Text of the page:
First, the Department of Defense will be pressured to dramatically reduce its carbon footprint because the US military now produces more greenhouse gas emissions than up to 140 countries. DOD will pursue this reduction through improved base operations and the decarbonization of fleet emissions from vehicles and ships. Microgrid technology, for instance, would not only increase resilience in the event of power loss, but also reduce greenhouse gas emissions using a network of distributed, onsite generation assets and battery storage.
Second, the military will have to take preventive measures as sea-level rise, drought, wildfires, tornadoes, and desertification threaten infrastructure at critical facilities both at home and abroad. In 2018, DOD found that thousands of bases and installations – more than half – reported exposure to at least one climate-related impact. These facilities are critical as power projection platforms, and any impairment to their ability to operate reduces our military’s ability to ensure America’s security.
Third, drought and famine in already unstable regions of the world will cause mass migrations leading to civil unrest and the collapse of weak governments and the expectation that the United States military would act to restore order. These climate events could occur concurrently or follow one another closely and stress the US military beyond its capacity to respond, thereby weakening its ability to respond to traditional threats.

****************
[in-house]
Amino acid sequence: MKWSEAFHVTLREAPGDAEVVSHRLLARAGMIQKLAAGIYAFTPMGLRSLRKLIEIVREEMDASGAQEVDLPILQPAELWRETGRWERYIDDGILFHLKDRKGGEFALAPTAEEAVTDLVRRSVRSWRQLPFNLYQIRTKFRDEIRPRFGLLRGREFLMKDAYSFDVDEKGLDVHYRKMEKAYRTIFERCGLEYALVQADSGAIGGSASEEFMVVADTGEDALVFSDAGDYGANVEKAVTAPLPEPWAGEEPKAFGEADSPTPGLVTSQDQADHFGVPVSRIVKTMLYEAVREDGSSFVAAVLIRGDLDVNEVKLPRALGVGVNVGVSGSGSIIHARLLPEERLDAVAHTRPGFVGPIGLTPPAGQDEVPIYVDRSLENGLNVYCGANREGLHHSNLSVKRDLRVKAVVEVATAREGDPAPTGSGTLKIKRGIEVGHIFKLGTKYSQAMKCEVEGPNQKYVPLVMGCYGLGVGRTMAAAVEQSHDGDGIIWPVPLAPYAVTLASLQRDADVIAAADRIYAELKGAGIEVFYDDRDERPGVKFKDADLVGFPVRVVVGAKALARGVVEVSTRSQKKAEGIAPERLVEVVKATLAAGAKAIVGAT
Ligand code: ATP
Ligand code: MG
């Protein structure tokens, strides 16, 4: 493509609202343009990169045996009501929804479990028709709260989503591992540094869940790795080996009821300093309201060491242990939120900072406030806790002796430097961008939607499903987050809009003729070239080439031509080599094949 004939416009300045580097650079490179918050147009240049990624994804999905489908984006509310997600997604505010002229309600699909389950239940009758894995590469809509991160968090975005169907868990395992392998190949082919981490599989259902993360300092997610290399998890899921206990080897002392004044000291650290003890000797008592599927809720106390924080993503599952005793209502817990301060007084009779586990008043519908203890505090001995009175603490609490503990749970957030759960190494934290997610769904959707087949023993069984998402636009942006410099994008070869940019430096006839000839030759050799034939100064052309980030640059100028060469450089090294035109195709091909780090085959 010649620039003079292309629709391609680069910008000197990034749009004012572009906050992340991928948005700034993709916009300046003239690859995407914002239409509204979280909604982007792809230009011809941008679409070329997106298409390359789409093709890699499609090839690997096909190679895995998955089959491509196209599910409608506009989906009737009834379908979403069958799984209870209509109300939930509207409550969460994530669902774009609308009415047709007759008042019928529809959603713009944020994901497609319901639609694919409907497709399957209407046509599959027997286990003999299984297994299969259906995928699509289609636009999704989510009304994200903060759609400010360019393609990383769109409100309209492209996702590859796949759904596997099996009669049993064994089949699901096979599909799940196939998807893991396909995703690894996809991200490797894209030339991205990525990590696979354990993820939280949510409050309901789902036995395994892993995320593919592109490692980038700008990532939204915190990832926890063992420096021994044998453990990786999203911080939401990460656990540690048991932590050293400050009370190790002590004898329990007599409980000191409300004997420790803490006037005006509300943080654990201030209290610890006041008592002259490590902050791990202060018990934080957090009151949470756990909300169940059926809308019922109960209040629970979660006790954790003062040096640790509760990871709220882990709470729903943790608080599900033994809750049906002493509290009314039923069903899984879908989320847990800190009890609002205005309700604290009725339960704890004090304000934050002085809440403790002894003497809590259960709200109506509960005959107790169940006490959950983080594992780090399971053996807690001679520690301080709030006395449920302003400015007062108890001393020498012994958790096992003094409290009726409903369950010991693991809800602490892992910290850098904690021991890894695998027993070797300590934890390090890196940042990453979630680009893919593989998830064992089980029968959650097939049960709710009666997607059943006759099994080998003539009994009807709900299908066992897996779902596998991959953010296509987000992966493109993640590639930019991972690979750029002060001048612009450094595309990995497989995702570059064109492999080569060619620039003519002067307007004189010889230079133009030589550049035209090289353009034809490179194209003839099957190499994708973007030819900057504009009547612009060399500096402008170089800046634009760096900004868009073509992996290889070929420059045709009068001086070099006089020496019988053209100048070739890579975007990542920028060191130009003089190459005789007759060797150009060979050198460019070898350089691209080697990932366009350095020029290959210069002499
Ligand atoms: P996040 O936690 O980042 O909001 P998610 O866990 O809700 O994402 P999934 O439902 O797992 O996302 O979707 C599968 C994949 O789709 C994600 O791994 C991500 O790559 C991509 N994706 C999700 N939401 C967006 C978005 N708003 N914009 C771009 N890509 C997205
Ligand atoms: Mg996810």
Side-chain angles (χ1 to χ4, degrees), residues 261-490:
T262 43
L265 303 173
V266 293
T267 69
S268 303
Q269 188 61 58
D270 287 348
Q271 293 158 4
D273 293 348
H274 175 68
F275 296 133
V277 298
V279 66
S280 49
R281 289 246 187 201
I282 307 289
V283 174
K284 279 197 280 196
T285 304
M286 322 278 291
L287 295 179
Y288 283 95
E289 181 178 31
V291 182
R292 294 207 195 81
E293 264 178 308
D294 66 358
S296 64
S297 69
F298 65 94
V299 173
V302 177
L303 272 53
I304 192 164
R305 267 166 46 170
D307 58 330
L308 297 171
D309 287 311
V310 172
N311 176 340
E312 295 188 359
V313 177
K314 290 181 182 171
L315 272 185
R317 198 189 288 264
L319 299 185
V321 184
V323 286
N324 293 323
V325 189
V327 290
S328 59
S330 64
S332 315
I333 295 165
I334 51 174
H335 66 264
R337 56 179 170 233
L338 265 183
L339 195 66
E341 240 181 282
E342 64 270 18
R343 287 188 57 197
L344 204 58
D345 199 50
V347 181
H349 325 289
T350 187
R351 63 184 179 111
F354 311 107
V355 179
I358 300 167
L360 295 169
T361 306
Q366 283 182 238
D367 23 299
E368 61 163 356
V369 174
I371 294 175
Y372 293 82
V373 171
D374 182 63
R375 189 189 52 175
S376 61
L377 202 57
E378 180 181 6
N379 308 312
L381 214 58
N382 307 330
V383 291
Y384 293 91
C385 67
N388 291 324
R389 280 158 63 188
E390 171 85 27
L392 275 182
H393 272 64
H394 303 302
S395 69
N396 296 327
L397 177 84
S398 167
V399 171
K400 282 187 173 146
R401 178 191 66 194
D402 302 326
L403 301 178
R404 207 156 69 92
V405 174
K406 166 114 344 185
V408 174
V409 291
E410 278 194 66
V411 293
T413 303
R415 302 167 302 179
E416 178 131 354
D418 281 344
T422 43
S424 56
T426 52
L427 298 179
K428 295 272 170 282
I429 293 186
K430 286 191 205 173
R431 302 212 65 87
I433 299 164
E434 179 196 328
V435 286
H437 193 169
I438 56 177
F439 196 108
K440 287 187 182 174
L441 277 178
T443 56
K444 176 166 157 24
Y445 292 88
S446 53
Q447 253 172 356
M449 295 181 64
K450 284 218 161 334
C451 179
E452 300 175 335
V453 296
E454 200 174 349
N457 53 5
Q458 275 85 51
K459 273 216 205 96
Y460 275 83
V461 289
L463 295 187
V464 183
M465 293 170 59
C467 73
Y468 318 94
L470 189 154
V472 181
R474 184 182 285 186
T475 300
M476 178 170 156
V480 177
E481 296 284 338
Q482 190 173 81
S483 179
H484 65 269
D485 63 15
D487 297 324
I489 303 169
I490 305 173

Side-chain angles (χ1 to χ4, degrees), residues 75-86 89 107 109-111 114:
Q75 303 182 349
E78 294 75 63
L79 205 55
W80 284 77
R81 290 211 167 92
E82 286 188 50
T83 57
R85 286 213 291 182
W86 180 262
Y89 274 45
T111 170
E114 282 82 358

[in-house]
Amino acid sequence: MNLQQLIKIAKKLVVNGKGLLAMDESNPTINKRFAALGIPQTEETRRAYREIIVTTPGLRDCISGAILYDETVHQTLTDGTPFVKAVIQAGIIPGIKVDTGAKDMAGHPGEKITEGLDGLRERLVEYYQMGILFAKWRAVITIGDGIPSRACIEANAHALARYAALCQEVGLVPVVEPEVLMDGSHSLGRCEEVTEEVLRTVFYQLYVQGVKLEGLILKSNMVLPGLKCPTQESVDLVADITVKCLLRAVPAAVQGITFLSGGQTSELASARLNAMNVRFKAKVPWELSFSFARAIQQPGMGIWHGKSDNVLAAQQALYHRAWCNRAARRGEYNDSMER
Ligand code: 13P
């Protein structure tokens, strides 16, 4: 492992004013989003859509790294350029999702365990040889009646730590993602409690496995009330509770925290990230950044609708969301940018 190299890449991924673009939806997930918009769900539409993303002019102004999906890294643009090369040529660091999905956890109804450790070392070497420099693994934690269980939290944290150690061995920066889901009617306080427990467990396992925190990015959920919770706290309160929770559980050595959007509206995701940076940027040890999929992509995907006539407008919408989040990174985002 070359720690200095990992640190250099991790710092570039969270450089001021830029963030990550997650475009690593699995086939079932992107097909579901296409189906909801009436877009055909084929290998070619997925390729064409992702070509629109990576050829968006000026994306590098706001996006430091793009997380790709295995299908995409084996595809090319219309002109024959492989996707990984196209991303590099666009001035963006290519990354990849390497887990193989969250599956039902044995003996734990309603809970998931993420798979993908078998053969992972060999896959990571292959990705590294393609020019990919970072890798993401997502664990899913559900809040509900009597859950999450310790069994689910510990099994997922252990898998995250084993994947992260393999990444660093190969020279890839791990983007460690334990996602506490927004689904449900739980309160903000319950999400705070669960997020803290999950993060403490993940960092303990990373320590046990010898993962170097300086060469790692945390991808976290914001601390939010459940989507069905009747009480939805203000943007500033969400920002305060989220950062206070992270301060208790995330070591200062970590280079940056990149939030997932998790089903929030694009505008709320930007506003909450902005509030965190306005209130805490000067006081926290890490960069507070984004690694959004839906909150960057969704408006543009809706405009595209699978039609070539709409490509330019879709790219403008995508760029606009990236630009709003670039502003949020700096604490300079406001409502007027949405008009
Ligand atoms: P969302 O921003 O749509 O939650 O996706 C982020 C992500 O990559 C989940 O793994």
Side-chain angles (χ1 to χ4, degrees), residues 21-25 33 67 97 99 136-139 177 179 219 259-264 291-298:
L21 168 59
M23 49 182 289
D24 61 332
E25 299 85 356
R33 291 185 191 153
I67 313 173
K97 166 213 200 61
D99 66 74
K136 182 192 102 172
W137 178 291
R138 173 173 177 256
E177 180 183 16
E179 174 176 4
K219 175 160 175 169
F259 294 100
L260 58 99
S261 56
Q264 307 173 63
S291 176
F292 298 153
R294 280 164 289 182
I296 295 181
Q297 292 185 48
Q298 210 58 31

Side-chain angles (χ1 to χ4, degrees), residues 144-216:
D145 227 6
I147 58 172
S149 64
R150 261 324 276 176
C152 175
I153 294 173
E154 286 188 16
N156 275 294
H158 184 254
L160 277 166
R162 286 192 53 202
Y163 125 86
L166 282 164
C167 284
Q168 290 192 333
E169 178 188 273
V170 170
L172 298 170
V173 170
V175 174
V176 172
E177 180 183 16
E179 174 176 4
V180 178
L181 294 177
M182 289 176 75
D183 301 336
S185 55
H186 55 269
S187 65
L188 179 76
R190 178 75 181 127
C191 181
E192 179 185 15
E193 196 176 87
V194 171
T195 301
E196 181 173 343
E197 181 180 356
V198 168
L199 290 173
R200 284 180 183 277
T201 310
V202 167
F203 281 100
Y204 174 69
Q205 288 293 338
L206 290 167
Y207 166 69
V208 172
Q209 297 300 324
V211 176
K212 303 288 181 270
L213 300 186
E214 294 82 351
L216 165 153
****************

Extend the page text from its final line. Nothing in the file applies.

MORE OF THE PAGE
Sound climate policy makes for sound national security
In short: For every fractional increase in temperature from climate change, the costs of maintaining peace – and the likelihood that such peace will be unstable – will increase exponentially.
The epiphany that sound climate policy provides a basis for sound national security must not arrive after the fact.
It’s important to mention that these costs will be felt not only in an abstract, macro-economic sense, but intimately, at-home, impacting America’s sons and daughters in uniform. Climate chaos can lead to more hazardous deployments, more persistent and more intractable conflicts, more time spent separated from families, more problems attracting and retaining qualified personnel to our all-volunteer force, and diminished national prosperity.